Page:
The aggressive move by Mr Obama to pitch America as open for business reflects a growing realisation in Washington that the case for investing in the world’s biggest economy is no longer self-evident.
In 2000, the US held 37 per cent of the worldwide inward stock of foreign investment. By 2012, that had dwindled to 17 per cent. The US attracted $166bn in foreign direct investment in 2012, a 28 per cent fall on 2011, and this year’s performance could be weaker. In the first six months of 2013, the US brought in $66bn in foreign investment, well behind the $84bn of the first half of 2012.
The FDI push comes after this month’s fiscal crisis – involving a 16-day government shutdown and a brush with debt default – that has raised eyebrows about the ability of the US to manage its economy.
Mr Obama and senior figures in his administration will ask foreign investors to shrug off the country’s political paralysis this week when they speak at a two-day conference in Washington, the first of its kind by the commerce department, uniting foreign investors with US economic development agencies and state and local officials.
“It’s time for folks to . . . focus on doing everything we can to spur growth and create new high-quality jobs,” the White House said on Friday.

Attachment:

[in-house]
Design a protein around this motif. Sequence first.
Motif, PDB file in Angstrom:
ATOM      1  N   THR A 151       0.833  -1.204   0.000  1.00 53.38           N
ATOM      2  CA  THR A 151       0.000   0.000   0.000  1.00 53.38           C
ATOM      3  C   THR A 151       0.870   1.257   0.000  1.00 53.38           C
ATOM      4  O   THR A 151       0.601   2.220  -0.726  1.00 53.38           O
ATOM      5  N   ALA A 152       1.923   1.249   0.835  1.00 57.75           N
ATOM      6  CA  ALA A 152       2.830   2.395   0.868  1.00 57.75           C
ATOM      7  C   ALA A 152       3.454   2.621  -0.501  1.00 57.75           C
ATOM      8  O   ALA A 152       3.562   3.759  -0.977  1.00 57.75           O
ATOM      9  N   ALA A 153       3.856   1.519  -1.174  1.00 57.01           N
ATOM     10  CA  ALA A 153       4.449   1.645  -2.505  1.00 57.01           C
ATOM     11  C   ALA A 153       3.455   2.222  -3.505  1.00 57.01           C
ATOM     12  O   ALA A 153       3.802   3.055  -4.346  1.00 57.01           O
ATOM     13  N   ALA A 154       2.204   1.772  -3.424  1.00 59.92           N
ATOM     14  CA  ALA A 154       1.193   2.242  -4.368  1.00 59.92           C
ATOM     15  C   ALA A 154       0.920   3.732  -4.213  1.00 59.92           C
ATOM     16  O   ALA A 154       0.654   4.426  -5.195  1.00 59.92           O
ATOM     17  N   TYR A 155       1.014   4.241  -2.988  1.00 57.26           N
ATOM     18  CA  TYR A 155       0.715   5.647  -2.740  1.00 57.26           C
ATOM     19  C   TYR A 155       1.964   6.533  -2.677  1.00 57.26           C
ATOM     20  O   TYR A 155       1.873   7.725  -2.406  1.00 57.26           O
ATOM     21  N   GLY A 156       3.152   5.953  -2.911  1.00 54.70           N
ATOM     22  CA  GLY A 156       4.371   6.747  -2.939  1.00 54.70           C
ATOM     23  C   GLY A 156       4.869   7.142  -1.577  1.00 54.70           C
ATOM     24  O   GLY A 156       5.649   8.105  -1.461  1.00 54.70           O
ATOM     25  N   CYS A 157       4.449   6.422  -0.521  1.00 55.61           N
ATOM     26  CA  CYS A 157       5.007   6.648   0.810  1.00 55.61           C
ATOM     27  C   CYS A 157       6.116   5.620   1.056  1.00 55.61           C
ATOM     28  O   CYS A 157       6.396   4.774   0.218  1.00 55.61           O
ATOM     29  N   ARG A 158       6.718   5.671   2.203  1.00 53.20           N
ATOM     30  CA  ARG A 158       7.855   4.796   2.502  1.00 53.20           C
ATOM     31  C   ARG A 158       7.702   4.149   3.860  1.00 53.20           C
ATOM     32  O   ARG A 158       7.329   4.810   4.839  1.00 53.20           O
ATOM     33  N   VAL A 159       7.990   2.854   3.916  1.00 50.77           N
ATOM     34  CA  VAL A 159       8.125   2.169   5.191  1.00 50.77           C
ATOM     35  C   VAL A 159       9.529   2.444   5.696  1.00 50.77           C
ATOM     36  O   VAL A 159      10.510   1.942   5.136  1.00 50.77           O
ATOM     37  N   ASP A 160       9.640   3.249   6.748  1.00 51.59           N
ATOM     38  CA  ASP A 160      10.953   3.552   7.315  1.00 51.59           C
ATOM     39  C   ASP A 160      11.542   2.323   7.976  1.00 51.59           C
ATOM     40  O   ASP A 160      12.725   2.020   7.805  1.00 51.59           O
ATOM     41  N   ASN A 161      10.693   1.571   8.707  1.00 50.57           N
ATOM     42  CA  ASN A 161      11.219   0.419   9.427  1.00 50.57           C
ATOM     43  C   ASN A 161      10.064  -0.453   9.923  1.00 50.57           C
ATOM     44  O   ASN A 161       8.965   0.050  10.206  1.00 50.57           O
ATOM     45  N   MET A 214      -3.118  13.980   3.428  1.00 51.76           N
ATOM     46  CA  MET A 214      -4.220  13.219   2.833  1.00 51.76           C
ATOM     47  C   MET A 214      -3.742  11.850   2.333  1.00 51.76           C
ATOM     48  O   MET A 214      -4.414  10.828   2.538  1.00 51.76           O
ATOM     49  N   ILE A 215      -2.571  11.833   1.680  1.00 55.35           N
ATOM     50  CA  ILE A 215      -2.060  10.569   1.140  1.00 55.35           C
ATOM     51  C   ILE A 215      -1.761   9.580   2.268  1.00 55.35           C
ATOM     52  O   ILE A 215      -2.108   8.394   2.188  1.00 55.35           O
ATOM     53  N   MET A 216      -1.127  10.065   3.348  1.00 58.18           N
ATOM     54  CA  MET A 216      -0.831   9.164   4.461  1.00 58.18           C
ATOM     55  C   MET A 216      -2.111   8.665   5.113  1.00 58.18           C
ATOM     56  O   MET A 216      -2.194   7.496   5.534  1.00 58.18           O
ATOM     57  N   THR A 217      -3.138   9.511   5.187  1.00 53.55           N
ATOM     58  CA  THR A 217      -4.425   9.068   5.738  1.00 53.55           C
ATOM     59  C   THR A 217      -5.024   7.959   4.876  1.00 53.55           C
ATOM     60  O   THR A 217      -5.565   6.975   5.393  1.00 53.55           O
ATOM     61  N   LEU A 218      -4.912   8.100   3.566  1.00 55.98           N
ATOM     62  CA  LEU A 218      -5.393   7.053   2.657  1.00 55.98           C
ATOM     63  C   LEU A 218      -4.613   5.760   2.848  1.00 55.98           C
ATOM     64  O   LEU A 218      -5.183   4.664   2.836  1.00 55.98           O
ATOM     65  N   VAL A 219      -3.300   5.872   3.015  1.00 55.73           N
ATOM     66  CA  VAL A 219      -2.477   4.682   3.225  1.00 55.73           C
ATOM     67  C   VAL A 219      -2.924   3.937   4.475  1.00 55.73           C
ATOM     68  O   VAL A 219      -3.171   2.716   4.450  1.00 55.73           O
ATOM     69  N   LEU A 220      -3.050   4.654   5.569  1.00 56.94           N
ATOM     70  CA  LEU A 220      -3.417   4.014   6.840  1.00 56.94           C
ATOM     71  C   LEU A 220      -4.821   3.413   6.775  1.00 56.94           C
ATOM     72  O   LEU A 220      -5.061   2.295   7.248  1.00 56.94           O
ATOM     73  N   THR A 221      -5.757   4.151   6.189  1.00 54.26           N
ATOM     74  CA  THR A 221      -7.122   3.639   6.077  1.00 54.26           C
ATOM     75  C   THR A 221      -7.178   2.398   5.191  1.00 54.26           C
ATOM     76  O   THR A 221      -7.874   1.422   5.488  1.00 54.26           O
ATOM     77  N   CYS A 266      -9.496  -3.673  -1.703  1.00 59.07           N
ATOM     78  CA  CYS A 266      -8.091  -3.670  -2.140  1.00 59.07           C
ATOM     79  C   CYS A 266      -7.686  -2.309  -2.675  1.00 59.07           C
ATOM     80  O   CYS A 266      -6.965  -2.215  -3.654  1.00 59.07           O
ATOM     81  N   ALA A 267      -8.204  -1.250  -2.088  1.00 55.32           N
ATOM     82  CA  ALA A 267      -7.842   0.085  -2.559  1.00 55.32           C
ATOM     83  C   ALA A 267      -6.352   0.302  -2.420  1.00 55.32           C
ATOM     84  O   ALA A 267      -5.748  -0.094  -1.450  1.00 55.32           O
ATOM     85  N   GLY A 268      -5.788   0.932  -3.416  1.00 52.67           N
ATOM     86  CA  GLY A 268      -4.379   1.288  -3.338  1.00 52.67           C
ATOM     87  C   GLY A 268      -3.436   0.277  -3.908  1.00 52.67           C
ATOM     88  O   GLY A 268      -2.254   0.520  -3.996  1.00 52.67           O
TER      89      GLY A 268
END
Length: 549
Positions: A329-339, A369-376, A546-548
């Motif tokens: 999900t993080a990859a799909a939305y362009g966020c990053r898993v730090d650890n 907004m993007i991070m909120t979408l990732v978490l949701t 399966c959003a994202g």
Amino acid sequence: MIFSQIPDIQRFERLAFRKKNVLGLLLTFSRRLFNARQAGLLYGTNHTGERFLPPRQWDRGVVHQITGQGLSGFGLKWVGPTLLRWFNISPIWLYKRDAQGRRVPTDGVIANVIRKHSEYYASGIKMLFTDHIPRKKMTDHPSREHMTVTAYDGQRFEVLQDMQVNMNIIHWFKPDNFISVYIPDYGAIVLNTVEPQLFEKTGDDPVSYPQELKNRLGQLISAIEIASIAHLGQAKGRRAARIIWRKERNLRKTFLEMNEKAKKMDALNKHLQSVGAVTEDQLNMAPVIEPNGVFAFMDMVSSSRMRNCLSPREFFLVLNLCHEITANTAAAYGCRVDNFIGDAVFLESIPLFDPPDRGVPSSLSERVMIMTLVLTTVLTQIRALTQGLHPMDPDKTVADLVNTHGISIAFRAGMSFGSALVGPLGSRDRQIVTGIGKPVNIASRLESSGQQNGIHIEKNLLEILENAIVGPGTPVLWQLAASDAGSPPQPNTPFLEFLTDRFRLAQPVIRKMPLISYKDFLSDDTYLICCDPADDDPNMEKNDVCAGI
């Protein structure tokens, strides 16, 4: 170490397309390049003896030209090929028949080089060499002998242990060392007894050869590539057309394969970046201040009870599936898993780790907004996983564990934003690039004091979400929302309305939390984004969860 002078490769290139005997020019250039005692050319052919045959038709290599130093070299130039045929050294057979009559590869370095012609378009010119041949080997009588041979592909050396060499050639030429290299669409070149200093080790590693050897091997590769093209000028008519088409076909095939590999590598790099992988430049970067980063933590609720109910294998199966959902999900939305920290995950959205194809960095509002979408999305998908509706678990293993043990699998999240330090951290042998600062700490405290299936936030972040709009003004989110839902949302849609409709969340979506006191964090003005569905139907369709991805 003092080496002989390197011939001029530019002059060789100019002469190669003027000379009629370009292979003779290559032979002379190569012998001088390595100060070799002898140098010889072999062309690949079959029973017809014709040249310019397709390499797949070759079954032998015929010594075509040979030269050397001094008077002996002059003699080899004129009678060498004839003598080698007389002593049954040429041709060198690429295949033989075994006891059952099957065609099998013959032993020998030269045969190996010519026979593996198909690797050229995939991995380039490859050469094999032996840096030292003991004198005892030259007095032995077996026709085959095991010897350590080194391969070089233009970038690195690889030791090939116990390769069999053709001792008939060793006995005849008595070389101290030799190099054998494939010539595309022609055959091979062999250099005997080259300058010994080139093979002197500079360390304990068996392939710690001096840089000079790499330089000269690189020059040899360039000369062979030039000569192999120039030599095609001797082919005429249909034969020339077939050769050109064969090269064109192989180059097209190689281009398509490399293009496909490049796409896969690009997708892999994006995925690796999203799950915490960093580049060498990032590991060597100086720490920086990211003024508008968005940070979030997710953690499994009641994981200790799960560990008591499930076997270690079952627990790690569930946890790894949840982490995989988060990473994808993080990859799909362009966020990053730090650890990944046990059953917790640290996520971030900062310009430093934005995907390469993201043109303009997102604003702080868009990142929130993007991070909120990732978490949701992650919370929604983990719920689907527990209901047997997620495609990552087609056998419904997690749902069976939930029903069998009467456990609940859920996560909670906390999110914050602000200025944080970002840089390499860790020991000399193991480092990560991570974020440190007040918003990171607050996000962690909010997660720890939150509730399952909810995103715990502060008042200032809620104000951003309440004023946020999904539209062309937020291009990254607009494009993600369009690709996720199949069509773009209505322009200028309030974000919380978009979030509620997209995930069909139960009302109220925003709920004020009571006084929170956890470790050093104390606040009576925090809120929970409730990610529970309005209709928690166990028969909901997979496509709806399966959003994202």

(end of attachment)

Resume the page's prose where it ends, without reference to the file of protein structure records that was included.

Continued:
The US federal government has generally shied away from any big initiatives to promote foreign investment. But that has changed, with the growth of emerging markets such as China, India and Brazil, which has heightened competition.
“The administration is focusing on FDI as an economic priority because the US has been losing ground,” said Nancy McLernon, president of the Organisation for International Investment.
The argument for investing in the US has traditionally been that it enjoys a huge and wealthy consumer market and a predictable legal system.
But otherwise, its competitiveness appears to have taken steps backwards. Its corporate tax system remains a morass, infrastructure is in need of retooling and there are growing fears about the education system’s capacity to develop a well-trained workforce. Moreover, political dysfunction in Washington has damaged the case for investment.
“The way that the US has handled things – on fiscal policy and, frankly, monetary policy – has not exactly been confidence-inspiring,” said Clay Lowery, vice-president at Rock Creek Global Advisers and a senior US Treasury official under George W Bush.